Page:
Six-year-old Ong Yehing was diagnosed with haemophilia, a condition in which the blood does not clot properly, when he was just six months old.
A genetic disorder that generally affects males, it is often passed down by mothers as women are carriers of the haemophilia gene.
His mother, Ms Lim Ting, said she knew little about the condition back then and felt judged by family members and relatives.
"I was very depressed when I got to know (about it). It was stressful. People didn't understand. My son was getting comments that he is not normal," said the 37-year-old housewife. Her younger son, Yexiang, four, also suffers from the genetic disorder, a complicated type of the condition called haemophilia with inhibitors.
"We took a gamble with our second son. It was a 50-50 chance. Unfortunately, he is also a severe haemophiliac," Ms Lim told The Straits Times at an event held yesterday by the Haemophilia Society of Singapore to mark Mother's Day this Sunday.
I was very depressed when I got to know (about it). It was stressful. People didn't understand. My son was getting comments that he is not normal.
MS LIM TING, who has two sons with haemophilia.
The non-profit society said many mothers struggle with guilt as carriers of the gene. There is no cure for haemophilia. Victims bruise easily, suffer bleeding in muscles and joints, and can bleed to death when they are injured.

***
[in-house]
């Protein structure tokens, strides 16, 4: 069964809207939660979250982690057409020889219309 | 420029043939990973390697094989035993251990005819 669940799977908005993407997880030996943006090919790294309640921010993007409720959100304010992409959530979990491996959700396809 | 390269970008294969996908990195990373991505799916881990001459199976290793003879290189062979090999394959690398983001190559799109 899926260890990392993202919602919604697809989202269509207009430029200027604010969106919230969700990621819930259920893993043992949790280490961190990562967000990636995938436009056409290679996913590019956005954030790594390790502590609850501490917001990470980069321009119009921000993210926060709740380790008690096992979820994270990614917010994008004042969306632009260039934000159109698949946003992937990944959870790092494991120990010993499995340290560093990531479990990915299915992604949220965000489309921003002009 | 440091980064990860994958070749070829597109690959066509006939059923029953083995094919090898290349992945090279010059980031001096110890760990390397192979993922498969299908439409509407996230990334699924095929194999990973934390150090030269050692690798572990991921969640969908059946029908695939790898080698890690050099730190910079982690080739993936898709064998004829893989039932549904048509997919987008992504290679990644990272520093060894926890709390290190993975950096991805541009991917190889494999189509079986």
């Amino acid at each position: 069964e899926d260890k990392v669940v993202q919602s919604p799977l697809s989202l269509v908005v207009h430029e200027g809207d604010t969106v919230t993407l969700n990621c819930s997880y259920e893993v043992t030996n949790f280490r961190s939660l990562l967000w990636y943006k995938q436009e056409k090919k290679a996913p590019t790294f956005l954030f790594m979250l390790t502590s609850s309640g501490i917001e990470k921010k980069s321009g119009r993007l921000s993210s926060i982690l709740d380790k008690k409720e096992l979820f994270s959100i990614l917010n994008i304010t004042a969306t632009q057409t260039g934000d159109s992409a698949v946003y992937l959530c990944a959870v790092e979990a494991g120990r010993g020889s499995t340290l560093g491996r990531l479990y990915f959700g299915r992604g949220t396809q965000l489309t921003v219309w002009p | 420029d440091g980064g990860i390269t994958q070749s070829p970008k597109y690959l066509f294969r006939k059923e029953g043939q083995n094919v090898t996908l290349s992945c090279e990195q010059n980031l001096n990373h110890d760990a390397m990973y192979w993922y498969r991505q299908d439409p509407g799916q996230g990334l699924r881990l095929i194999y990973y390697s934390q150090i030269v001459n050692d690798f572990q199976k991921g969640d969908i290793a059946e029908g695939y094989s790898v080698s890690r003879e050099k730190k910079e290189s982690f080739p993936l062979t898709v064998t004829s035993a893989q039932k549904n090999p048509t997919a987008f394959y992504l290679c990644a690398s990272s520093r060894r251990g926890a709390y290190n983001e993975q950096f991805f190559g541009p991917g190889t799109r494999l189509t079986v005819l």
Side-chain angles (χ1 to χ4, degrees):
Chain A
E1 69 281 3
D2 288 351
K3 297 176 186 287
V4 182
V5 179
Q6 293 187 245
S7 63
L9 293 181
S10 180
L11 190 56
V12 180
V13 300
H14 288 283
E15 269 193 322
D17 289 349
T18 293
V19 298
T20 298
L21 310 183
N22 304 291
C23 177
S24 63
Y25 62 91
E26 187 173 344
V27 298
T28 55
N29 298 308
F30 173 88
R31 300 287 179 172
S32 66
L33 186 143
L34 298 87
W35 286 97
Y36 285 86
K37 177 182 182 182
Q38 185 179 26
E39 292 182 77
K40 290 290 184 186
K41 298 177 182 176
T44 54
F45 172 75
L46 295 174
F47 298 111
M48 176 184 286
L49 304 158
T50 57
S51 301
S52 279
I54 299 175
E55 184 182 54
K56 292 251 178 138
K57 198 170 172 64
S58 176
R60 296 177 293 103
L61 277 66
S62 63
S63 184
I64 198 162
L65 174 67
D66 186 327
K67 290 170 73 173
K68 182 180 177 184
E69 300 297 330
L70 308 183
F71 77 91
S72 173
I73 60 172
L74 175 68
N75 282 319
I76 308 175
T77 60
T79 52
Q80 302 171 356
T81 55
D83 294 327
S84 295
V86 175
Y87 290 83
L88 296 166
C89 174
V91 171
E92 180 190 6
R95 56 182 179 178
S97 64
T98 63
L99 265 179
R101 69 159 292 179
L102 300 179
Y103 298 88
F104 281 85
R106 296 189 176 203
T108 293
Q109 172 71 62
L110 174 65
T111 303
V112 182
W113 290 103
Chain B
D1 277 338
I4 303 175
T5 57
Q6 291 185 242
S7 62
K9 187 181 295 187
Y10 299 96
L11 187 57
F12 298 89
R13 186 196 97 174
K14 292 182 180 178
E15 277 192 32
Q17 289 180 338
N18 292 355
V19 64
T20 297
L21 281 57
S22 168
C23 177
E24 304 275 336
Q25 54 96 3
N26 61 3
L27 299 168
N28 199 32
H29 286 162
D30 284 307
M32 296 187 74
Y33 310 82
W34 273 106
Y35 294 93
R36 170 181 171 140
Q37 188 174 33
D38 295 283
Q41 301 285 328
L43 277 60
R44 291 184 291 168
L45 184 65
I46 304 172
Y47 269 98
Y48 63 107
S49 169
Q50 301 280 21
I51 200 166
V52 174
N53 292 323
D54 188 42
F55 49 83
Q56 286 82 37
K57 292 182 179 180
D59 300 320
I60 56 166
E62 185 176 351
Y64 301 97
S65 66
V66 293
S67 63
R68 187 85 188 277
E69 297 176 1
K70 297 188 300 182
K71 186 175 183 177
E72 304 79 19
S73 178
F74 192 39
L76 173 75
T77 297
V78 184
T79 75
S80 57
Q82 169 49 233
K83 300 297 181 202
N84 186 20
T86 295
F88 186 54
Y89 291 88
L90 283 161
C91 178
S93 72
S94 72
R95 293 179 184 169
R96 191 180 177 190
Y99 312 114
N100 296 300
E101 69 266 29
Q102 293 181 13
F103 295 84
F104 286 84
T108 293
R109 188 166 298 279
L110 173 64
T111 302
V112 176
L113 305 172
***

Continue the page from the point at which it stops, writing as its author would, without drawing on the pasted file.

There are about 250 haemophiliacs in Singapore - about 230 are members of the society. Its youngest member is 10 months old while the oldest is 83 years old.
Nine of the society's members gathered yesterday to bake cookies and cupcakes at bakeware store ToTT Store in Dunearn Road to thank their loved ones this Mother's Day. One of them is Mr Lee Lye Onn, 62, a retiree, who wanted to honour his wife.
"She has been through a lot," said Mr Lee, who has two children.
He added that he does not blame his late mother for his condition.
"In fact, I love her as she had to put in extra effort to take care of me," said Mr Lee.
This is certainly the case for Ms Lim, who quit her job as a trade service officer with the Singapore International Chamber of Commerce to care for her elder son.
The early days were so emotionally and physically draining that she would "just cry", she said, as she had to be her son's "surveillance camera" and constantly keep an eagle eye on him.
But she has since learnt to cope.
"I have to anticipate their falls and make sure their living environment is safe, like making sure the toilet floor is not wet so that they don't fall," she said.
Her elder son's treatments cost about $400 a month after subsidies from the society, while treatment for her younger son can cost up to $15,000 a month, which is fully covered by Medifund.
She credits her husband, Mr Ong Chihung, 36, who runs a wallpaper business, for supporting her.
"He is always there," said Ms Lim, adding that he would often remind her not to stress herself out. He would also ask her to step away when their sons need intravenous drips inserted, knowing she cannot bear to watch them suffer.
"I hope my sons don't blame me," she said. And Yehing certainly does not. He told ST he plans to make a card for his mother for Mother's Day . His message: "I love you".
The Haemophilia Society of Singapore is holding a screening of Captain America: Civil War at The Cathay cinema in Dhoby Ghaut to raise funds this Sunday.
Go to www.haemophilia.org.sg for ticketing details.